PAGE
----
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Exotic Plants And Biocontrol

Faith Thompson Campbell, Ph.D.
Executive Secretary
National Association of Exotic Pest Plant Councils

The region included in the Southern Appalachian Man and Biosphere Reserve (SAMAB) is an important center of plant diversity. It is also a highly scenic area with resulting importance of tourism. Other segments of the regional economy, including timber production and the reservoirs, are also tied to the health of the forests.

Unfortunately, the forests of the SAMAB region have been hard hit by a variety of invasive alien species, or biological pollution. These range across the taxonomic spectrum from European wild boars to the chest nut blight. Other participants in the conference will provide updates on the pathogens and insects attacking trees native to the area. Dr. Randy Westbrooks and I will focus on the alien plant species that have also invaded forests.

Review of a list of "worst" invasive plants for continental North America compiled from nearly 30 sources has resulted in a list of 57 plant species that probably are important invaders in the SAMAB region. These include such familiar species as crown vetch (Coronilla varia), purple loosestrife (Lythrum salicaria), English ivy (Hedera helix), privet (Ligustrum spp.), autumn olive (Elaeagnus umbellata), and empress tree (Paulownia tomentosa).

Another hundred species may pose a threat to biological integrity of the region.

Invading alien plant species are not widely recognized as serious threats in the SAMAB region. I suggest this lack of attention -- dangerous, in my view -- stems from the following factors:

  1. these plant invaders cause less conspicuous ecosystem changes unlike situation in Everglades National Park, where the Melaleuca tree is replacing sawgrass, in the SAMAB region we have invading plants that are of similar structure to the natives they replace. In other words, shrubs are replacing shrubs -- or sometimes creating a shrub layer where none previously existed. Trees replace trees, herbaceous understory plants replace native wildflowers. The exotic vines are the most conspicuous, but even they somehow escape notice.

  2. Fewer drastic ecosystem changes are caused by invading alien plant species in the SAMAB region than in some other ecosystems. For example, in Hawai`i, many of the invaders are changing soil chemistry. Also in Hawai`i, as well as the Intermountain West, alien grasses are fueling much larger fires -- which impinge on human activities and command considerable attention. (Unfortunately, the role of exotics in fueling the fires is often not acknowledged at the time of crisis.)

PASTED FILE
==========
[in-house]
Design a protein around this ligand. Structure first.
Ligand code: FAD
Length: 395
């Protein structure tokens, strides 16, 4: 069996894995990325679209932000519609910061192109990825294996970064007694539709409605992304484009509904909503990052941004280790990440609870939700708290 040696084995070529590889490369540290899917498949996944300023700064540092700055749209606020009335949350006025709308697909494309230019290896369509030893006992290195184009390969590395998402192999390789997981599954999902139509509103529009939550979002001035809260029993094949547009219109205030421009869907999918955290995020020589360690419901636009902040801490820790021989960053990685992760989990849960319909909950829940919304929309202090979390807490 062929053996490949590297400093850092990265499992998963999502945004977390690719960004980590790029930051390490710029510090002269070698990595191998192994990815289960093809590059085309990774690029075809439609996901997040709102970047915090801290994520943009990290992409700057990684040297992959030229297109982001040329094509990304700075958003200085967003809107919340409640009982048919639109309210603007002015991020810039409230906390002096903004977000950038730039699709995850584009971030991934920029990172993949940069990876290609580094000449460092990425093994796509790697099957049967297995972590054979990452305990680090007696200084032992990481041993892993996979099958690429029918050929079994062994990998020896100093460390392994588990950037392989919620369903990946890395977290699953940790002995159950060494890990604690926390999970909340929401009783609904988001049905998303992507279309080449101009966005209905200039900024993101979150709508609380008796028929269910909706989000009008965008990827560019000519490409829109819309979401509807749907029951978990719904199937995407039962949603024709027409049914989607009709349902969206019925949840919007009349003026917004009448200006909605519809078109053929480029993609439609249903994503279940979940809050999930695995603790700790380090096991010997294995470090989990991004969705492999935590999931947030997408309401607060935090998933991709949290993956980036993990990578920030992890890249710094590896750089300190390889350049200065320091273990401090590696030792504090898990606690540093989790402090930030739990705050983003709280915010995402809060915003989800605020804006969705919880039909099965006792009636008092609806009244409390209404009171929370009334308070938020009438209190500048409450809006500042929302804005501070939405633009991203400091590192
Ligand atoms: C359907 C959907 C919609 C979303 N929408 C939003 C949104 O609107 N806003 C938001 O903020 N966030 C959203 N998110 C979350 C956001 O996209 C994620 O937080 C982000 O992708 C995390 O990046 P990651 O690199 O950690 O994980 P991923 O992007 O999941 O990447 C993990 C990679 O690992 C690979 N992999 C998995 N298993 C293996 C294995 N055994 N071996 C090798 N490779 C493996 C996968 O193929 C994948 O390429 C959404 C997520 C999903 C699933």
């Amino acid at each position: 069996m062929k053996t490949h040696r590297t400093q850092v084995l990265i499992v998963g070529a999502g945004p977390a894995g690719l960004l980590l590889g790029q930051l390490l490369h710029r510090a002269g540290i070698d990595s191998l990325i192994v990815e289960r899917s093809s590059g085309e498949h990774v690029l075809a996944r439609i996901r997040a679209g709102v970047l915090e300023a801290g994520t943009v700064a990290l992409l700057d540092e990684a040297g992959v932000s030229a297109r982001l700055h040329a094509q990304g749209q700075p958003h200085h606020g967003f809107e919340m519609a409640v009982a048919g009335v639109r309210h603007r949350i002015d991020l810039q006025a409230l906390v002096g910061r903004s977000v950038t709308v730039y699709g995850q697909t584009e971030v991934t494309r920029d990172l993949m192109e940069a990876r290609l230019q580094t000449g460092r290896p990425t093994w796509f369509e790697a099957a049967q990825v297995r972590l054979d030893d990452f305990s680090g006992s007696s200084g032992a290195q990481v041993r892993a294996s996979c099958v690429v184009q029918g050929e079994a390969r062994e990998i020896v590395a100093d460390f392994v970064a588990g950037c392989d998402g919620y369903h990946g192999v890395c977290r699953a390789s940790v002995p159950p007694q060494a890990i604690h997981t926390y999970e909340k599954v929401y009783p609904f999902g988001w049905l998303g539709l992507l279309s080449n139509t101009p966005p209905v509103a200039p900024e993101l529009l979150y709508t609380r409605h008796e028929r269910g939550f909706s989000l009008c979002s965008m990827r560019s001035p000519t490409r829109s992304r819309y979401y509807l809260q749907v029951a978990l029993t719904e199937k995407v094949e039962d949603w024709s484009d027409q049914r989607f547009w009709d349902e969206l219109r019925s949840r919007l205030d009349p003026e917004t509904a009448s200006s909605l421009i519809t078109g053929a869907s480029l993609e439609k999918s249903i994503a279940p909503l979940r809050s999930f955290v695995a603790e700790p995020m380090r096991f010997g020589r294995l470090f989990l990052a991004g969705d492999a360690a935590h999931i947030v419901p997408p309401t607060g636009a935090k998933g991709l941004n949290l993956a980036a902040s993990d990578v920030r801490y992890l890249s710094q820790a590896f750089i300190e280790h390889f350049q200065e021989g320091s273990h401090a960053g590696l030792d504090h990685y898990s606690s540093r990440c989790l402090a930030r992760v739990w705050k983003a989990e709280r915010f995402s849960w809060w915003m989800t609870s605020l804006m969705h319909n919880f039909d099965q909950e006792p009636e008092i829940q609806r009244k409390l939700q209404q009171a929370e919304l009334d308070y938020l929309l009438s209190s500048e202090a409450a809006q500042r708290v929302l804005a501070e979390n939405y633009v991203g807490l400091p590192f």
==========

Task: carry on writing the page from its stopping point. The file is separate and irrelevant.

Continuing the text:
3. Our inability to show harm resulting from the invading plant to some vertebrate species. In fact, many of these plants have been promoted on the basis that their fruits are wildlife food.

  4. The region's economic interests are not harmed as directly as are those of other regions. For example, livestock ranchers are harmed by invasions of unpalatable leafy spurge, knapweeds, and yellow starthistle of on the Great Plains and farther West.

This lack of economic links is not absolute. Farmers and utility operators hate several of the thistles and kudzu. However, in most cases, economic interests favor these invasive species: between 80% and 100% of the plant species listed here are in the nursery trade. What is being done to counter the most damaging of the invasive alien plant species?

For the past three years, Great Smoky Mountains National Park has been carrying out a control or eradication program against 33 exotic plant species. This work has been funded by a grant under the Natural Resources Protection Program (NRPP). The assumption was that this expanded eradication effort would sufficiently reduce the weed species' range and density that future control work could be carried out under the Park's normal budget for resource management. Now that the program is coming to an end, what is the prospect?

Chemical, mechanical, and muscle-powered control efforts are expensive, particularly in terms of time and person-power. Furthermore, they do little to prevent reinfection from seed sources outside the cleared area. (Here we see the true danger of those species promoted as food for wildlife.) For these reasons, biocontrol appears attractive.

Unfortunately, complications arise with regard to this approach, too. Because they have close relatives in North America, such damaging invaders as the honeysuckles, bittersweet, and Ampelopsis, regretfully, are unlikely to be suitable for biocontrol. Privets are major invaders in Great Smoky Mountains National Park and indeed throughout eastern deciduous forests. However, they are mainstays of the nursery trade and thus such an effort is virtually certain to meet objections by that industry.

On a more hopeful note, Bernd Blossey of Cornell University is interested in pursuing biocontrols for one of the most troublesome of the ground-level herb, garlic mustard (Alliaria petiolata; = A. officinalis). Others are exploring the idea of a program aimed at tearthumb or mile-a-minute vine (Tracaulaon (Polygonum) perfoliatum), a species causing trouble in the Mid-Atlantic region that may spread to this area. Scientists need to discuss priorities species for an expanded biocontrol effort aimed at pest plants of the eastern deciduous forests.

Finally, all involved with research and management in the SAMAB region should increase their efforts to inform their agencies, Congress, the media, and the public about the damage being caused by biological pollution and the options for combating these threats.

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